How to Cut and Peel an Avocado
Begin by cutting two avocados lengthwise rather than making the cut around the width.
(It will be virtually impossible to remove the pit if you slice it in half around the fat part.)
Separate the two pieces. Leave the avocado on the cutting board and (CAREFULLY!) give the pit a thwack with a big sharp knife.
Twist the knife and the pit should pop out.
If you now put the back of the knife against your palm, you should be able to pinch the pit off of the knife with your thumb and fore finger, with no danger of getting cut. (I’m right handed so I would continue to hold the knife in my right hand and put the back of the knife in my left palm to remove the pit from the knife.)
With a spoon…
…scoop out the avocado.
It’s OK to put the skin down the garbage disposer, but I just throw the pit (actually called the stone) in the trash. The stone is about as hard as a golf ball!
It’s important to note that, once exposed to air, avocado discolors very quickly. Adding lime or lemon juice helps to prevent discoloration. It is widely believed that an avocado pit left in guacamole will help to maintain the lush green color. Wrong. Stick with the lemon or lime juice.
Avocados are almost always eaten raw. If your recipe calls for adding the avocado to something hot, do it at the very last minute, just before serving. They actually turn bitter when they are cooked…Who knew?
Real whipped cream has a decadent taste and texture. Whipped cream imposters are convenient, but there is nothing like the real thing!
At the grocery store, there are many different types of milk and cream that are available.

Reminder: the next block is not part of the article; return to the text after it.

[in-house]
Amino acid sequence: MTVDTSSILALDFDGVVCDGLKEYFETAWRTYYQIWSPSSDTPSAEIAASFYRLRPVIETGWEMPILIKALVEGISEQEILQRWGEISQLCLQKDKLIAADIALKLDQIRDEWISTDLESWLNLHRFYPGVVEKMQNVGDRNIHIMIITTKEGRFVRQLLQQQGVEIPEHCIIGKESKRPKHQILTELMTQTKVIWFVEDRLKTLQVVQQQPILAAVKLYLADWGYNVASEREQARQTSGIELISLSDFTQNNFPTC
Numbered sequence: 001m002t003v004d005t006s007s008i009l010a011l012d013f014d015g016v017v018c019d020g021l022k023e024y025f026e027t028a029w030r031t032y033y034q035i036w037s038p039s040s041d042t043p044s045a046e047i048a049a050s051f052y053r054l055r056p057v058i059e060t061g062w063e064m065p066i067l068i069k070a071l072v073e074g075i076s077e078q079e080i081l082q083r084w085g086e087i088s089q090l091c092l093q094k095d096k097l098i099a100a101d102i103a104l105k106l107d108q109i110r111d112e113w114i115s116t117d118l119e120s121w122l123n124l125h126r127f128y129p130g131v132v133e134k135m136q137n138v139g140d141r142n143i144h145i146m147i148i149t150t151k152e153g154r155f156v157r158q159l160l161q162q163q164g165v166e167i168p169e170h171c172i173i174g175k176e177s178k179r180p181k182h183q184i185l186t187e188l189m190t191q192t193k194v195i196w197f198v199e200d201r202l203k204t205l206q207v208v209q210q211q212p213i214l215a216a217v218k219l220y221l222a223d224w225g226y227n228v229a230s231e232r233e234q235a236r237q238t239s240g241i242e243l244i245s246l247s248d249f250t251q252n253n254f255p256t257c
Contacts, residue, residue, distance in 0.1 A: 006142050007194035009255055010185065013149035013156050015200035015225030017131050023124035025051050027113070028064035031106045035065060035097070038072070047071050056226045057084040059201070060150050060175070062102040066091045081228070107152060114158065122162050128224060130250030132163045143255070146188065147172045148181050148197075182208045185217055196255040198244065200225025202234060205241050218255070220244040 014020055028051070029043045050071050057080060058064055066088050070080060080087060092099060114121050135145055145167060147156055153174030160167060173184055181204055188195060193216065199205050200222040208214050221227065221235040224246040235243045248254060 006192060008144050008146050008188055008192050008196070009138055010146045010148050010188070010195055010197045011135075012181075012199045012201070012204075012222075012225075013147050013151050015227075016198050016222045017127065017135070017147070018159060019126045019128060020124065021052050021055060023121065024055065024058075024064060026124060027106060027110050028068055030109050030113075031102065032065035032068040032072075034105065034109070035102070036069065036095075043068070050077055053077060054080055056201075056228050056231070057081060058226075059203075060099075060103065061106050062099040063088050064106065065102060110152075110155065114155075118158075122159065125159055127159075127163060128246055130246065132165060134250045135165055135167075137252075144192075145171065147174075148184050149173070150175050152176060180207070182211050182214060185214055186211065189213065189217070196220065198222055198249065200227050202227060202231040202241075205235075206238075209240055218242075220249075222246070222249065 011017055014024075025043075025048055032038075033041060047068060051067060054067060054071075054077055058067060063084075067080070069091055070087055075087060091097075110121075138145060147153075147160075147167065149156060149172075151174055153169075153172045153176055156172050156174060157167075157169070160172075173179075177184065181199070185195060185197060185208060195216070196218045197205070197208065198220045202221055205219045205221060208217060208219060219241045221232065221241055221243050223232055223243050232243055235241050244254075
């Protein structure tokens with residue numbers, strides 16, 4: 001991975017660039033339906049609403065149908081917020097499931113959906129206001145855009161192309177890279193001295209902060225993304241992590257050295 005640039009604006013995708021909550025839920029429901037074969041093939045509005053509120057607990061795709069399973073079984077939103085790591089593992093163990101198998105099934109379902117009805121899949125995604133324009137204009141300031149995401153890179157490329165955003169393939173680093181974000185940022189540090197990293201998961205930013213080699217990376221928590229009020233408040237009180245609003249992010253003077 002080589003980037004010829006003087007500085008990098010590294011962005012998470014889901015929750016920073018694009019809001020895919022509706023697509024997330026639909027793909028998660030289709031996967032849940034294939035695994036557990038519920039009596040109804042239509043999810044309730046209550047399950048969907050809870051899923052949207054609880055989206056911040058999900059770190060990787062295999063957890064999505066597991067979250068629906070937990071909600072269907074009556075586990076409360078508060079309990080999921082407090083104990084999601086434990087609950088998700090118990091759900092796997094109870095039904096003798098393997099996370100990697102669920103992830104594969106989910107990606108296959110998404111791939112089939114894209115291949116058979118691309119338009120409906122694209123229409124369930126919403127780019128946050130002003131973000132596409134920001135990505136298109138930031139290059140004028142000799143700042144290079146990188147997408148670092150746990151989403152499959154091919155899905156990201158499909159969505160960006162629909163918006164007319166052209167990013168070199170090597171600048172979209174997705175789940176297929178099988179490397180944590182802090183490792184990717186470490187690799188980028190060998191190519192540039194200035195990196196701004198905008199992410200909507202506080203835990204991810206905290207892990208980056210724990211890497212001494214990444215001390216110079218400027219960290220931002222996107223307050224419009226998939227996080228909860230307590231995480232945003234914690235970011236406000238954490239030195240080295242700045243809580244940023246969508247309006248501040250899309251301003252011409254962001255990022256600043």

When making your own whipped cream buy whipping cream or heavy cream. The butter fat content of whipping cream allows it it whip and is what gives it that great taste and texture. (My post How to: Milks and Creams will give you a better understanding of many different dairy products.)
It is possible to buy real whipped cream in a can, but even then, you get an airier product that liquefies faster than homemade. So, it’s definitely worth knowing how to whip up the real thing. So let’s get started!
What You Need to Make Whipped Cream
Here Are the Three Easy Steps to Making Whipped Cream
- Start by chilling the cream, the bowl and the beaters or whisk in the freezer for 10 to 20 minutes
- Pour one cup of whipping cream into the bowl and beat until it holds soft peaks. Soft peaks should fold over when the beaters or whisk are lifted. If using an electric mixer, start on medium speed to prevent splattering, then speed up. If using a whisk, circle it vigorously in the cream, watching as it thickens. It’s a workout for your arm and shoulder! You’ll know you’ve over-beaten it if the consistency starts to turn buttery.
- Once soft peaks start to form, you can add sugar (one or two tablespoons), and any other flavorings you like. Beat again until soft peaks form.
Start beating and once the cream begins to thicken (soft peaks). Add 1 Tablespoon of sugar…
…and 1 teaspoon of vanilla extract.
until the cream reaches desired consistency (do not over beat!).
Tips for a Successful Whipped Cream
- One cup of whipping cream makes about 2 cups of whipped cream.
- For flavoring, one teaspoon of vanilla is often added per cup of whipping cream. But the flavoring possibilities are endless; you can add other flavor extracts, liqueurs, or powdered cocoa. There are lots of flavored whipped cream recipes to try – even bourbon!
- If you’re using whipped cream on a dessert that will be sitting out for a while, adding icing sugar, rather than granulated sugar, in step 2 will help it keep its shape
- Whipped cream can be kept covered in the fridge for about three days – but it will begin to break down if you have not added any stabilizer to it.
How to Use Whipped Cream: